I hope you won’t mind my writing to you, but I had to tell you how truly great you were in your testimony on the “Advocates” program regarding abortion. Yours was the most clear-cut exposition on this problem that I have ever heard. . . . Several years ago I was faced with the issue of whether to sign a California abortion bill. . . . I must confess to never having given the matter of abortion any serious thought until that time. No other issue since I have been in office has caused me to do so much study and soul-searching. . . . I wish I could have heard your views before our legislation was passed. You made it irrefutably clear that an abortion is the taking of a human life. I’m grateful to you.
It was signed, Ronald Reagan.
On January 22, 1973, the Supreme Court struck down all restrictions on abortion nationally in its Roe v. Wade decision. This led Dr. Jefferson to redouble her efforts in the pro-life cause. In June of that year, she became vice-chair of the board of National Right to Life; the following year, she was the board’s chair, and the year after she became president of the organization, a post she held from 1975 to 1978. This made her the most prominent pro-life spokesperson in the country.
Even after she left her position at National Right to Life, she continued to be a powerful advocate for the movement. Rep. Henry Hyde, himself an eloquent pro-life champion, once commented that the best thing the pro-life community could do to advance their cause would be to raise the money to pay Dr. Jefferson to travel the country advocating for the unborn full-time.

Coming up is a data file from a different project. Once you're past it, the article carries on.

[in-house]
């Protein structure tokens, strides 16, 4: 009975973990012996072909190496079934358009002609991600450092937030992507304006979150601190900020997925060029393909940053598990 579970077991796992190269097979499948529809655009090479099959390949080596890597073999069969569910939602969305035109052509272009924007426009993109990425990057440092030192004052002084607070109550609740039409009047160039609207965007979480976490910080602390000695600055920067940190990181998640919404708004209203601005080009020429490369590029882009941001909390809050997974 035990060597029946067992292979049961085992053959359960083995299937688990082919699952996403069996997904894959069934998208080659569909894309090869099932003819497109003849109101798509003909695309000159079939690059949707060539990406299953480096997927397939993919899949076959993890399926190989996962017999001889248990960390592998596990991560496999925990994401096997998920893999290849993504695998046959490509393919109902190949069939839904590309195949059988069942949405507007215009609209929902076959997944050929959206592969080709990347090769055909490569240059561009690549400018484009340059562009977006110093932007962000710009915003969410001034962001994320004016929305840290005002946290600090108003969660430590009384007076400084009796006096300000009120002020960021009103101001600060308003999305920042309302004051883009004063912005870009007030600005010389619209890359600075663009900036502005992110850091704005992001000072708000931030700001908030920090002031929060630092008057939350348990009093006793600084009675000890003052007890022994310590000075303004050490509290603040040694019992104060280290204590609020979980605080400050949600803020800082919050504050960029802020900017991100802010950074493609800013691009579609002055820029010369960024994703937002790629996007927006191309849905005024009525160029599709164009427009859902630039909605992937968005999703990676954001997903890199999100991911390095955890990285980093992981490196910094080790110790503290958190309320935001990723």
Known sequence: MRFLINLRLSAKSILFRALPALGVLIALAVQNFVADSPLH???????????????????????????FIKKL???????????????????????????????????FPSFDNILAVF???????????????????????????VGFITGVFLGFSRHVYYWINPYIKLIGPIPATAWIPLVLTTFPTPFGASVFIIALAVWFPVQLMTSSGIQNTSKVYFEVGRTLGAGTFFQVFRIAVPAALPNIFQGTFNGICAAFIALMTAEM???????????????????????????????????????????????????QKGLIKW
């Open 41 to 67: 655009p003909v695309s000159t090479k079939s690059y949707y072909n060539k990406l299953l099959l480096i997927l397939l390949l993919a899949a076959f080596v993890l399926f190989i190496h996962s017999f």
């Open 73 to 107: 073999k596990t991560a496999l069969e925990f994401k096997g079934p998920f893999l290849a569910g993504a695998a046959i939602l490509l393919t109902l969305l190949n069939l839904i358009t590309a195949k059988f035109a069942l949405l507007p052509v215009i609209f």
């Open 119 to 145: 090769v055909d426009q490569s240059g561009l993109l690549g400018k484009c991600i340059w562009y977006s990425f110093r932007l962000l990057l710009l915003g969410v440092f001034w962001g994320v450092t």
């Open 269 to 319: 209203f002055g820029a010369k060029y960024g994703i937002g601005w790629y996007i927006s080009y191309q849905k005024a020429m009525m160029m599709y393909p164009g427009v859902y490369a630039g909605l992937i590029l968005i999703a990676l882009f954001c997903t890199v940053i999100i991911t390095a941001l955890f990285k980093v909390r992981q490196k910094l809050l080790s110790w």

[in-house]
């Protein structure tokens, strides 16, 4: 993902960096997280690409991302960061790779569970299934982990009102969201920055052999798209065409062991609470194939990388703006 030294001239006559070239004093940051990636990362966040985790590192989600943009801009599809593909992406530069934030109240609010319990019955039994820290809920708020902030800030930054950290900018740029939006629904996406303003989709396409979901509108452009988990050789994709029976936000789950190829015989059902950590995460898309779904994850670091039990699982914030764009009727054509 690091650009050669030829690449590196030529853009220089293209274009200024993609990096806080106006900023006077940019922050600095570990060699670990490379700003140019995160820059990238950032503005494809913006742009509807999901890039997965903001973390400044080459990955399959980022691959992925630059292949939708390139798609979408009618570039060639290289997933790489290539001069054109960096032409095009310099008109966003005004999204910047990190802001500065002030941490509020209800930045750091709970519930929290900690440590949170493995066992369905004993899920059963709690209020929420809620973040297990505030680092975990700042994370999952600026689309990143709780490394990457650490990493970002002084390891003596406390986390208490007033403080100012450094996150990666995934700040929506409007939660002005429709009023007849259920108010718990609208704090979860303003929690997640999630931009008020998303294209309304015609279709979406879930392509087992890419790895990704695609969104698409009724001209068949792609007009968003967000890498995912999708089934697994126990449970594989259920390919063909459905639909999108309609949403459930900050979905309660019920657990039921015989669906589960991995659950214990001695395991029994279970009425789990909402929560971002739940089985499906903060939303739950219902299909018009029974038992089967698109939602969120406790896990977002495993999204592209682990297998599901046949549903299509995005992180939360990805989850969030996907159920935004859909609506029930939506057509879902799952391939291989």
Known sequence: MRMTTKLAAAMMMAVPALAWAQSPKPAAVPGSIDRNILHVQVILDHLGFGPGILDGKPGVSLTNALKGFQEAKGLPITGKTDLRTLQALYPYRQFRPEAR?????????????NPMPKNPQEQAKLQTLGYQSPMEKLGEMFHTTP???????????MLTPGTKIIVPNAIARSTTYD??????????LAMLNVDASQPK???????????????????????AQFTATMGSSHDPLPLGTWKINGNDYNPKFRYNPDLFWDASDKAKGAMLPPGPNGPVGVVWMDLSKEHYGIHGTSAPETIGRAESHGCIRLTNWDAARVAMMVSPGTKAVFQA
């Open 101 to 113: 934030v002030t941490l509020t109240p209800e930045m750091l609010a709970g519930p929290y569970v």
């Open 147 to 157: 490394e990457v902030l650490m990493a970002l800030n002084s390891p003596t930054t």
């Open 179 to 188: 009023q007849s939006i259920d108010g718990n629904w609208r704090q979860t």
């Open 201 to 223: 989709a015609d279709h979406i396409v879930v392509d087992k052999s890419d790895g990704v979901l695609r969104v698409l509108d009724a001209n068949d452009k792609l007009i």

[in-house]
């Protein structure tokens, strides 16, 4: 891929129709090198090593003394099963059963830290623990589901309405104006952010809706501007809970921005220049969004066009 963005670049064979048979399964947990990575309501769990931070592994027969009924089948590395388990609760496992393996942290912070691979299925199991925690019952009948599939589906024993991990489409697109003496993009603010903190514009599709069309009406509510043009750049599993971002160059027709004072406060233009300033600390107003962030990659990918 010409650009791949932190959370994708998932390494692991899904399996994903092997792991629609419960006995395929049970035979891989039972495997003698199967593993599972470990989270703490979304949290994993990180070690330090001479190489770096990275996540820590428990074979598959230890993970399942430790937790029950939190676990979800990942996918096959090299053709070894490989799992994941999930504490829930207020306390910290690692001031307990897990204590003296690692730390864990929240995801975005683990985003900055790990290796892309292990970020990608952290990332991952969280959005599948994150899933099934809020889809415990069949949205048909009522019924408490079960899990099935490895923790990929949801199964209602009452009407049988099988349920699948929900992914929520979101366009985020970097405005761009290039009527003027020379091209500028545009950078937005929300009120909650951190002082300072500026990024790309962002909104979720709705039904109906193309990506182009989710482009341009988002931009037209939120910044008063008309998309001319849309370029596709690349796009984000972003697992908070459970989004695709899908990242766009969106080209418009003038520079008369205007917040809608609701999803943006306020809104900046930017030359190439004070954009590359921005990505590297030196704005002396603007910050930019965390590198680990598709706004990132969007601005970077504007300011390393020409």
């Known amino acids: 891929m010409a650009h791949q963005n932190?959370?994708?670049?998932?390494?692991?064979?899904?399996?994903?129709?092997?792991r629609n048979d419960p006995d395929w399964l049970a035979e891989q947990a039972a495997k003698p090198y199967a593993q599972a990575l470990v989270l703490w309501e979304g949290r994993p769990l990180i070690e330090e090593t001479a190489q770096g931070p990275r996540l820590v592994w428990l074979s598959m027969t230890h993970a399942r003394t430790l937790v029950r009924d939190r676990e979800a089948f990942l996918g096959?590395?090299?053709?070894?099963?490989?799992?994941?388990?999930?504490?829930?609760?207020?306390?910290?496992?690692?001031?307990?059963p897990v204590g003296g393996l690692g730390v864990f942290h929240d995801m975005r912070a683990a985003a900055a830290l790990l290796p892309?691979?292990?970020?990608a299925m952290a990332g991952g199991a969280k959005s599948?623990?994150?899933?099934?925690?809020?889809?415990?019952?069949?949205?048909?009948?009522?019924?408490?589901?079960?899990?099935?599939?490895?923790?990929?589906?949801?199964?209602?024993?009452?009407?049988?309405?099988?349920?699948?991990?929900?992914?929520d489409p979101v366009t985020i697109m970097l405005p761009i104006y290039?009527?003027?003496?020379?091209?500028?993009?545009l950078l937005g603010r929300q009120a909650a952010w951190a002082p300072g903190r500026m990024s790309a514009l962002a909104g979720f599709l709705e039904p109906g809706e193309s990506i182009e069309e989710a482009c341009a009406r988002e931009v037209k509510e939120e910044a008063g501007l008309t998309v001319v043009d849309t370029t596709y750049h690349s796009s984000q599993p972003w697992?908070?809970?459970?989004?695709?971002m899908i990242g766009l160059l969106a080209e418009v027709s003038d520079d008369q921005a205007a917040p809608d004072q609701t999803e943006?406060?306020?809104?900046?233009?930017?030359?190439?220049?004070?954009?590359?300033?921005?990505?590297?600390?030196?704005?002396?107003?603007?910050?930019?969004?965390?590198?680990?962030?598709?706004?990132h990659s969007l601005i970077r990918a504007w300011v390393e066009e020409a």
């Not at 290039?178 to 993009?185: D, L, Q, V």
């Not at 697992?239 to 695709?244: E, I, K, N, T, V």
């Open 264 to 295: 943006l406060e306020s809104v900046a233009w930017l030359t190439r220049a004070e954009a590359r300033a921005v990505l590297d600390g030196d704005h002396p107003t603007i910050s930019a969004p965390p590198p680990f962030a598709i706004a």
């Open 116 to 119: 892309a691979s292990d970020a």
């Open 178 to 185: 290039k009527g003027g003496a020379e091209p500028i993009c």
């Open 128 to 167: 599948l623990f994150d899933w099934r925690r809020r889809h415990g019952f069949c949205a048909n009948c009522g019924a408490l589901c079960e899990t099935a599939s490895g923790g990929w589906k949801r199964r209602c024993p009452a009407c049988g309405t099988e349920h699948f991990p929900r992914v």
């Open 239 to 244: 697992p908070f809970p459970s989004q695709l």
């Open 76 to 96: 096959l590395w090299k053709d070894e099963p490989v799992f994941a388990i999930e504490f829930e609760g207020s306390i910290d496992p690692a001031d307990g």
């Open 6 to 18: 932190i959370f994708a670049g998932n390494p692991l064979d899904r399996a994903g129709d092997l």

Dr. Jefferson’s Views in Her Own Words
Dr. Jefferson understood the fight against abortion as a moral imperative:
I’m opposed to abortion as a doctor and also because I know it is morally wrong. An individual never has the private right to choose to kill for whatever reasons, be they whim, convenience or compulsion. Because I know abortion is wrong, I will use every means available for free people in a free country to see that it is not perpetuated.
She also recognized that it raised important ethical questions for the medical profession:
The doctor who willingly accepts destroying life will have no grounds on which to object if the state should compel that doctor to destroy life.
Even more, she recognized that abortion on demand would turn into a demand that doctors perform abortions regardless of their personal convictions. Put differently, conscience rights for medical professionals would disappear and they would be forced to obey the state rather than their faith or their conscience. And if the state could demand this of doctors, it could demand it of anyone. Abortion was thus a step toward totalitarianism:
It’s too late for doctors to stay in that comfortable environment. Doctors must exert their rights and obligations or we will be the first slaves of the state and you [i.e. the general public] will soon join us.